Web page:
Wednesday, October 30, 2013
Today as I was driving to work in the rainy fog of chilly October morning, I heard on NPR that books are still 80% of the publishing industry with eBooks, Kindles, Nooks, etc., making up the other 20%. True food for thought. As I have always said, I am a sucker for the heft of a book in my hand. I would be one of those affluent 17th c. women who had their portraits done among their libraries and curiosities, true signs of affluence and wealth in their day. If books were wealth, I'd be a billionaire today. Perhaps if I sold mine at $1 each, I'd still be going away with a good nest egg. I have so many memories associated with books and school, and they are almost always good. I still retreat to them in hard times. As one attorney colleague of mine once said, when his mother died during his thirteenth year, it was books that pulled him through. Another friend, a young mother with 4 little kids, once told me she often wished she were in school, just her and her books. What book would you take with you to a deserted island? Could you choose? If all your books, really all of them, could be put on an eReader, would you put them there and get rid of the actual books? What do you read? What do you write? Where do you read? Who is your audience? Are reading and writing linked for you? I would love to know; feel free to answer in comments, or tweet me at hashtag Dr. E's Doll Museum. Happy Halloween!
Wednesday, October 16, 2013
Dr. E's Doll Museum Blog: Empty Mansions; the Life of Huguette Clark and Her...: >Empty Mansions: The Mysterious Life of Huguette Clark and the Spending of a Great American Fortune Hardcover– Deckle Edge by Bill De...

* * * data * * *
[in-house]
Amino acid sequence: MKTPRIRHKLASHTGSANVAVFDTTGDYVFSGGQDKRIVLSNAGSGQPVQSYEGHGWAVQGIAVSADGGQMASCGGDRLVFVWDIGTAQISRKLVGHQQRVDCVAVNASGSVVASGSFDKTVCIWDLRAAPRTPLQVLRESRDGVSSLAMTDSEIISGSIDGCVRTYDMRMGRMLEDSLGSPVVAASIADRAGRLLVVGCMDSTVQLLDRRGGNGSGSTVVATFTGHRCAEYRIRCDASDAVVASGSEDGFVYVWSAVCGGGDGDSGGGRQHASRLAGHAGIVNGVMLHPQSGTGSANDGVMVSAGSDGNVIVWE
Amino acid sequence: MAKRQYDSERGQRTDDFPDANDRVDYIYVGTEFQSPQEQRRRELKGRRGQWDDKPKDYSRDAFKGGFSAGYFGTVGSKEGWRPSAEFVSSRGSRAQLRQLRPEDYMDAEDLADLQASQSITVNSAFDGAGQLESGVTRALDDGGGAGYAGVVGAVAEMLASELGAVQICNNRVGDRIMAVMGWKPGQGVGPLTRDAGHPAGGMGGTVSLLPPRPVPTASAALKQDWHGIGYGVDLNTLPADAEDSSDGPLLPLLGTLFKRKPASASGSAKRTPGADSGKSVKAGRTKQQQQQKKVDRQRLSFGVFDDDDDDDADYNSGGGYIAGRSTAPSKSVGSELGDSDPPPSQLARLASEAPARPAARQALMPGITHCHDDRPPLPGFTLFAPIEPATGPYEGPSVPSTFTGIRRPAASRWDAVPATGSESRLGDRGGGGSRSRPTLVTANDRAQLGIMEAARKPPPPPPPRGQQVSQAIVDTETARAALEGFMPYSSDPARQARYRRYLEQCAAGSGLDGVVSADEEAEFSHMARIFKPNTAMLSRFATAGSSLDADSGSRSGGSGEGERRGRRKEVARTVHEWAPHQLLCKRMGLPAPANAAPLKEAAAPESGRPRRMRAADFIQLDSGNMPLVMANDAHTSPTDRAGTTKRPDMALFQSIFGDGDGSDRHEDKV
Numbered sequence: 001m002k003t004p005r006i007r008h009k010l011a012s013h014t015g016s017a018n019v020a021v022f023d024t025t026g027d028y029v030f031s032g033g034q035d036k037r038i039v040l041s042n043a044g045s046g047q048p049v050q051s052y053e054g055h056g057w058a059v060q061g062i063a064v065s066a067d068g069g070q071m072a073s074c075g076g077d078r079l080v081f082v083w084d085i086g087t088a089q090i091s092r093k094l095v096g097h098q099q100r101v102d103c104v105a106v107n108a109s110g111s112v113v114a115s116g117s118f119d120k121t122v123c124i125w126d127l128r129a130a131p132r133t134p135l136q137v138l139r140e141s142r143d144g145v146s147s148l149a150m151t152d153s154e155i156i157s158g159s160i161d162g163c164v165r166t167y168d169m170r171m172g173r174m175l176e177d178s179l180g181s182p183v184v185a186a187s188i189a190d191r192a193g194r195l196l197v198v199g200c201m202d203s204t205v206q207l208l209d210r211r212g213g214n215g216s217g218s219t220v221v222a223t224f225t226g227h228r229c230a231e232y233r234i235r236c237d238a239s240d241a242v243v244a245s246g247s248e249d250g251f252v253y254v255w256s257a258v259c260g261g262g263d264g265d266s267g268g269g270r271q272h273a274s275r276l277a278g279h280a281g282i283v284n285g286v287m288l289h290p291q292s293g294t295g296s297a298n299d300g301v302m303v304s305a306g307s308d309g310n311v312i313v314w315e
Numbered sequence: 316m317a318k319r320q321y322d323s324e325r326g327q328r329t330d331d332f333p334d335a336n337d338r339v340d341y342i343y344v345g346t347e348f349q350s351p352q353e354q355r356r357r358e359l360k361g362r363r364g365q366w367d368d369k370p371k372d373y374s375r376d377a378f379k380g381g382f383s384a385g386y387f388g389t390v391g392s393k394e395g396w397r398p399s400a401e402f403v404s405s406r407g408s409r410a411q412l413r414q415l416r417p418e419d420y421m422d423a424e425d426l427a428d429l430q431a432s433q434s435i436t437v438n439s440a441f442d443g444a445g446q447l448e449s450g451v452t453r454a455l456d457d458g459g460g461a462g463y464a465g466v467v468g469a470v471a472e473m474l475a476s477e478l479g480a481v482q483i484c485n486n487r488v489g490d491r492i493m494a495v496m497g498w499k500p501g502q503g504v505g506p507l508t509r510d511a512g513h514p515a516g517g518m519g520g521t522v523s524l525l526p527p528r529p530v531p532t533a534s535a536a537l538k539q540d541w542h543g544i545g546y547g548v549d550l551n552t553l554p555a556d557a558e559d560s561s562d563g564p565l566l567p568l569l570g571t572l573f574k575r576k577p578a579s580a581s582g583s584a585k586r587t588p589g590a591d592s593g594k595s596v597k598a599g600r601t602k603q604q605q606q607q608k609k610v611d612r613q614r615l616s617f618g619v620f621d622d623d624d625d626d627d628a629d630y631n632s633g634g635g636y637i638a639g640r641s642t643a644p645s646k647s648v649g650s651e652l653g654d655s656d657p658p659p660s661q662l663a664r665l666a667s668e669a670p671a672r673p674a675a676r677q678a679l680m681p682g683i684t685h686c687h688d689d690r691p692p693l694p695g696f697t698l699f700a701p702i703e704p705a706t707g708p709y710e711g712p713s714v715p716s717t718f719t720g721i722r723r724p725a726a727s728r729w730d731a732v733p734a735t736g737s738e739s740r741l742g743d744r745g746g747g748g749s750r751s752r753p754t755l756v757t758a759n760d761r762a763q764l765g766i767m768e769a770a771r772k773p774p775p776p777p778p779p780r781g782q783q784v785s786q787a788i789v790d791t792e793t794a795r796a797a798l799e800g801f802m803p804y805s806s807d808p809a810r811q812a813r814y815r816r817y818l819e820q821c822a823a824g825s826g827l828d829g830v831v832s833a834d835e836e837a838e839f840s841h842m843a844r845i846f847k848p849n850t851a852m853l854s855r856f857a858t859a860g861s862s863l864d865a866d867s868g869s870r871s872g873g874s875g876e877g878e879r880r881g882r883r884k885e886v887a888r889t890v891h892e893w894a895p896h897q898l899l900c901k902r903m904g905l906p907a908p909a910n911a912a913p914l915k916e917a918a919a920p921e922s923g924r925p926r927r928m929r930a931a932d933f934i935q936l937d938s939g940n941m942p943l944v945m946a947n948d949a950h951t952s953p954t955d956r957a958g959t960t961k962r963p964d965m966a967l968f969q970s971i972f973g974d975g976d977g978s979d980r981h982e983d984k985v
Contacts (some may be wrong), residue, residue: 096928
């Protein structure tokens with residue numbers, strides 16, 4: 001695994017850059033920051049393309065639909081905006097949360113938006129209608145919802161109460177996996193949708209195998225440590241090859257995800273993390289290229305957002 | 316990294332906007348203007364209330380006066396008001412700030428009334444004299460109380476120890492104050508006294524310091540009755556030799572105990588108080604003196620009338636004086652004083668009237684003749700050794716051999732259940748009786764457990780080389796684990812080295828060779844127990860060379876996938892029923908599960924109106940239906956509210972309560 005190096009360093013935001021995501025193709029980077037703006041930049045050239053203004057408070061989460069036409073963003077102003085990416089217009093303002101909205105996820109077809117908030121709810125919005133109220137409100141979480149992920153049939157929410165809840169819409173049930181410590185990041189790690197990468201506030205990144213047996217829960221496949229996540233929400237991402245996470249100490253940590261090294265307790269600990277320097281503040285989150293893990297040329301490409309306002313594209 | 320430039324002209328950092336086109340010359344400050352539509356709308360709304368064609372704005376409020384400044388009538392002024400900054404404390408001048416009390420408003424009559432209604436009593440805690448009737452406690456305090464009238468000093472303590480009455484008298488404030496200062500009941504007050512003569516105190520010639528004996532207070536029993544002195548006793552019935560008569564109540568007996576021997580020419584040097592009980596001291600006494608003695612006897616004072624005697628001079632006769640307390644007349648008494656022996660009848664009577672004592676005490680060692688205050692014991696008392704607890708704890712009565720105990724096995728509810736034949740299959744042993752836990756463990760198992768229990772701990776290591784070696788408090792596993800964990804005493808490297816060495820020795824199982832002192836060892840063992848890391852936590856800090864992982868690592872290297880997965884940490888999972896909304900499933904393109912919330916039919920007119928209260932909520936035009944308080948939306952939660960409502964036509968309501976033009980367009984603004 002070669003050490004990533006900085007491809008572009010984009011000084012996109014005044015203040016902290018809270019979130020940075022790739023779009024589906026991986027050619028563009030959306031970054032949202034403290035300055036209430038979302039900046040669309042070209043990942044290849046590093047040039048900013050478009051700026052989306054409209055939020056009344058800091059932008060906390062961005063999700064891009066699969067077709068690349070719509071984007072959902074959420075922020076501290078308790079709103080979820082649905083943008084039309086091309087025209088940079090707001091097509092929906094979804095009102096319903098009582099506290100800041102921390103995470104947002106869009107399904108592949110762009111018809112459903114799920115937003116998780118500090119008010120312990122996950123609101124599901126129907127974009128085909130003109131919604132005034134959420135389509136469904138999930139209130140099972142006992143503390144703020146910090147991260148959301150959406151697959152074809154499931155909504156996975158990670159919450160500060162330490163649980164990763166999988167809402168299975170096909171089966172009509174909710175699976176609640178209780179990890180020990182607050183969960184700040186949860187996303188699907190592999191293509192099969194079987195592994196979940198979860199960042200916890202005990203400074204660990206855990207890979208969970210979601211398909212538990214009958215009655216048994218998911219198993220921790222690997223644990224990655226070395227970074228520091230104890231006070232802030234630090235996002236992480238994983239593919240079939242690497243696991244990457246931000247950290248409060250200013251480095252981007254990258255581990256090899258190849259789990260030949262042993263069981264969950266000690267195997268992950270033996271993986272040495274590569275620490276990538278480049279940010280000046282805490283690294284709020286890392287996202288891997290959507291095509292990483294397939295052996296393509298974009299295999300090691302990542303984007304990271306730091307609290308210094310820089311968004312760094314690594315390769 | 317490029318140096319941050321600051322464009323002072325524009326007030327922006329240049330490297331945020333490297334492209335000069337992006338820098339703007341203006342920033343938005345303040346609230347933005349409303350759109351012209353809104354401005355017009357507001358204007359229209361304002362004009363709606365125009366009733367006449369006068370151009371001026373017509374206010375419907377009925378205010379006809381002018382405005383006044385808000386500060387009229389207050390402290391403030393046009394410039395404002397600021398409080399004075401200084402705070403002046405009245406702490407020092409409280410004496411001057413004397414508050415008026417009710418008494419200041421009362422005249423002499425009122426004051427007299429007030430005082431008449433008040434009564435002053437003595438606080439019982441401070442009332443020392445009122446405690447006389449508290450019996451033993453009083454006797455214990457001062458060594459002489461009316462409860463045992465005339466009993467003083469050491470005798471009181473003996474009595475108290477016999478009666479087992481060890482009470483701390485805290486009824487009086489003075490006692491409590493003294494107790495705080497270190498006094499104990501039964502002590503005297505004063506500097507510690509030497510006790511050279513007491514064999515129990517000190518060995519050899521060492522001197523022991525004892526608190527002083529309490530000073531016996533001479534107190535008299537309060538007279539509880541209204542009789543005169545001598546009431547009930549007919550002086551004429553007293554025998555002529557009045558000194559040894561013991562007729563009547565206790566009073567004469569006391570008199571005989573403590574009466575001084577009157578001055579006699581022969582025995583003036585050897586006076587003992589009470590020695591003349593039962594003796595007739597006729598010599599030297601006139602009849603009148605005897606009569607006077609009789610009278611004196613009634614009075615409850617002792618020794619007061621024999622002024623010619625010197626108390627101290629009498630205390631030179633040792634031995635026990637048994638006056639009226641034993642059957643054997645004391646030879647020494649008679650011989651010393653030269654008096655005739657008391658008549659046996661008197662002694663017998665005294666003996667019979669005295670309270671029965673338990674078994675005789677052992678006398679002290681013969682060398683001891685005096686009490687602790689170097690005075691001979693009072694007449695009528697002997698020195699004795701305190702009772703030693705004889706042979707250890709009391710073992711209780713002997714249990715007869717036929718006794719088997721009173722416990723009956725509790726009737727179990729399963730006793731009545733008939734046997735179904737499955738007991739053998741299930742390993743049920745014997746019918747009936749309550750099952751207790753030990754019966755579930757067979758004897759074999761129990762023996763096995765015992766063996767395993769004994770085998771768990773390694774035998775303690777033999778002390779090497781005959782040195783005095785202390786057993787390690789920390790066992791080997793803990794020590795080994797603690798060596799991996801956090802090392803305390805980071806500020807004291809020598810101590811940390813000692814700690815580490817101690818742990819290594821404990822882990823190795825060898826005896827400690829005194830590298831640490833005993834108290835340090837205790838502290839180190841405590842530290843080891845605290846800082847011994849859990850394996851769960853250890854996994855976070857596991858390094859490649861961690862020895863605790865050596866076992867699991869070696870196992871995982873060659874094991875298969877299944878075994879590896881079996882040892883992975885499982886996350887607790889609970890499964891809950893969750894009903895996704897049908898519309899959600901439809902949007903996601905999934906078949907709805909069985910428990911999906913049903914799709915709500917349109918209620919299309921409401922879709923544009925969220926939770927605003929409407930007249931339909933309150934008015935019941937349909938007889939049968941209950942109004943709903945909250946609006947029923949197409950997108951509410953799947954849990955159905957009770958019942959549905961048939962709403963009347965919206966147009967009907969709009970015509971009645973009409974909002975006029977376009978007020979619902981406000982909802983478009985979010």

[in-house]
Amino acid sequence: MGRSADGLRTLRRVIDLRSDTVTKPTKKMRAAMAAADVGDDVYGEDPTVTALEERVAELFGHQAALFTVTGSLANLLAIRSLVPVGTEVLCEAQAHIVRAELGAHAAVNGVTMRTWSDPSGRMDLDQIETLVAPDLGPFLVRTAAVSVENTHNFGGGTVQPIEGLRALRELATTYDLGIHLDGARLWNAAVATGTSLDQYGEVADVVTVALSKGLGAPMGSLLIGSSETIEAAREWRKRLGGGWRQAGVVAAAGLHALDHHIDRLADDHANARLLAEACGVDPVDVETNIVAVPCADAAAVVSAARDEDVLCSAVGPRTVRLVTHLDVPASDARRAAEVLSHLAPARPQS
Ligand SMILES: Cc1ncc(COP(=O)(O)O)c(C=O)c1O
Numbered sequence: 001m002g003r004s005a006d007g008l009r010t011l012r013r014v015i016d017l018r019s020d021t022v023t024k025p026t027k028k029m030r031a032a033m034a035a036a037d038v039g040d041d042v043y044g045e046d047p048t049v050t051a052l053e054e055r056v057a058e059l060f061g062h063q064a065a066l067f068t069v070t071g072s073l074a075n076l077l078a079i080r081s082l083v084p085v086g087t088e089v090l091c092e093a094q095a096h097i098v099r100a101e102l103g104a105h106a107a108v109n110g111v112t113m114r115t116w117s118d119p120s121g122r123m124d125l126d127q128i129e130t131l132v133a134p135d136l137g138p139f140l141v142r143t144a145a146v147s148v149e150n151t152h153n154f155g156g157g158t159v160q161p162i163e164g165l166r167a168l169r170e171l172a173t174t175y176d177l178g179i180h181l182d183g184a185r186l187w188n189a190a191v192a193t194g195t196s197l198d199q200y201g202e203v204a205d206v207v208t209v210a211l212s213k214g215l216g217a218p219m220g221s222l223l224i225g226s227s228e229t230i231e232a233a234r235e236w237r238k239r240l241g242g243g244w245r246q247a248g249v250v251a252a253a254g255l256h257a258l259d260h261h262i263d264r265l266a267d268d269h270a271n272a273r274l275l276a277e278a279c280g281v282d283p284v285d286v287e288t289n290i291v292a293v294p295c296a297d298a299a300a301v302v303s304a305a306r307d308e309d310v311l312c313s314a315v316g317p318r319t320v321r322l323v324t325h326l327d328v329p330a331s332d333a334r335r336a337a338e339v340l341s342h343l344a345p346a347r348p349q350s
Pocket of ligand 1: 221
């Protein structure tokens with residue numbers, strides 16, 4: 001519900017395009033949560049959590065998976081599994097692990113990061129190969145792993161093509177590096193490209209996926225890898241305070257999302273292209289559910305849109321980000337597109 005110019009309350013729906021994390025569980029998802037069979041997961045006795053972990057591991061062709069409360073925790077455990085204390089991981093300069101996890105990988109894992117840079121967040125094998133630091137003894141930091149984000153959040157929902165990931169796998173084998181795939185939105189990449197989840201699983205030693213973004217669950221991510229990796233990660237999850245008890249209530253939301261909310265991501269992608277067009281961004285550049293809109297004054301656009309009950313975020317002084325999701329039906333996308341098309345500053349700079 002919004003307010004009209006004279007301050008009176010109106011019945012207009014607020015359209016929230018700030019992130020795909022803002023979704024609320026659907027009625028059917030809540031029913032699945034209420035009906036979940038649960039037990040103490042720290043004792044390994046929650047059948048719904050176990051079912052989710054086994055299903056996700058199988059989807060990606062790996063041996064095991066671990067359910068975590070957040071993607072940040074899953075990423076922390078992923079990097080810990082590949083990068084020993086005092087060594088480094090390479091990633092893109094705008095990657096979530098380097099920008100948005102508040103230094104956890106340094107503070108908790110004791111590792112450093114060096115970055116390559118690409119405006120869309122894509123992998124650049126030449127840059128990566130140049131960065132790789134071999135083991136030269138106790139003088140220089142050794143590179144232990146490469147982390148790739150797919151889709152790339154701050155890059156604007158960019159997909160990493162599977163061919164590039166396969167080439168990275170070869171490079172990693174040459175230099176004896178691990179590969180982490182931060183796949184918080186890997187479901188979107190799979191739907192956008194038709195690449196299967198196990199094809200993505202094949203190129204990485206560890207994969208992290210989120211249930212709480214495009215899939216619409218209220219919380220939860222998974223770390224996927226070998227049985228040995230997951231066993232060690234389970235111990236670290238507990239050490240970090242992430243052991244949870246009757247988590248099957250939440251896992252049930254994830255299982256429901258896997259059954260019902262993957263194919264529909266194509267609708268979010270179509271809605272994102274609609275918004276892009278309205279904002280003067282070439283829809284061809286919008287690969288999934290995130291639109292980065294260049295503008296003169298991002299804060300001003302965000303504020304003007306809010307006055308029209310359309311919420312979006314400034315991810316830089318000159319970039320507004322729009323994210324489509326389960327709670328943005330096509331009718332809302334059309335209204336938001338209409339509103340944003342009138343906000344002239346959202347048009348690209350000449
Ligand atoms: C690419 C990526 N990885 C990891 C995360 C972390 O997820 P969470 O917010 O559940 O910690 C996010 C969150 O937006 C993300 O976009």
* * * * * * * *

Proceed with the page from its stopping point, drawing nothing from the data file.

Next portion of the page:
Monday, October 7, 2013
Dr. E's Doll Museum Blog: Halloween and Dolls and antique Wax Models for Ana...: One of the things I enjoy is posting on Pinterest. I have a Holidays Board and a Doll Collection Board; both contain images of Halloween an...
Wednesday, October 2, 2013
I did a reading tonight with some friends at our local library. There is a community program done every year called Read Local. Tonight, I read with three other women. As is often the case, a theme runs through the poetry. Tonight was autumn, Sylvia Plath, women accused of witchcraft, law, and religion. I read from With Love from Tin Lizzie about masks and automatons and from my chapbook, Sappho, I should have Listened. Poets were reading their title pieces, so I read the actual poem “Sappho, I should have Listened.” We read poems from different parts of our writing careers, and gave an idea of the structure of our books. For women falsely accused of sorcery, I read “The Blood Countess/ For Erzebet” I note that those who wrote historical fiction had a few notes about the history that inspired them. Others, including me, gave brief biographies of the women they wrote about and why they inspired them. I think a little background whets the audience’s appetite. We also brought copies of our books to display, exchange, and sell. Students of writing often introduce themselves, eager to join groups and get ideas. Ironically, a local poets group was meeting across the hall from where we did the reading. Read Local is a good way for local writers to become aware of each other. There are programs like it everywhere, and LinkedIn features groups for writers of all types. You can join as many groups as you want online and commiserate and get ideas. On another note, I picked up some magazines to read at the library, and one 2003 Doll Reader had an article by our friend Shirley Holub, on doll hospitals. She writes the Doll Hospital series for Scholastic Books. For those who write memoir, there are several new biographies and memoirs on the shelves, including one by Shirley Jones, where “Mrs. Partridge” allegedly tells all. Now is the time to get out those holiday ornaments, photos, and old cards. You never know what might trigger a memoir. You might also try a historical prompt, “Where were you when…..” and include a significant historical event that affected you.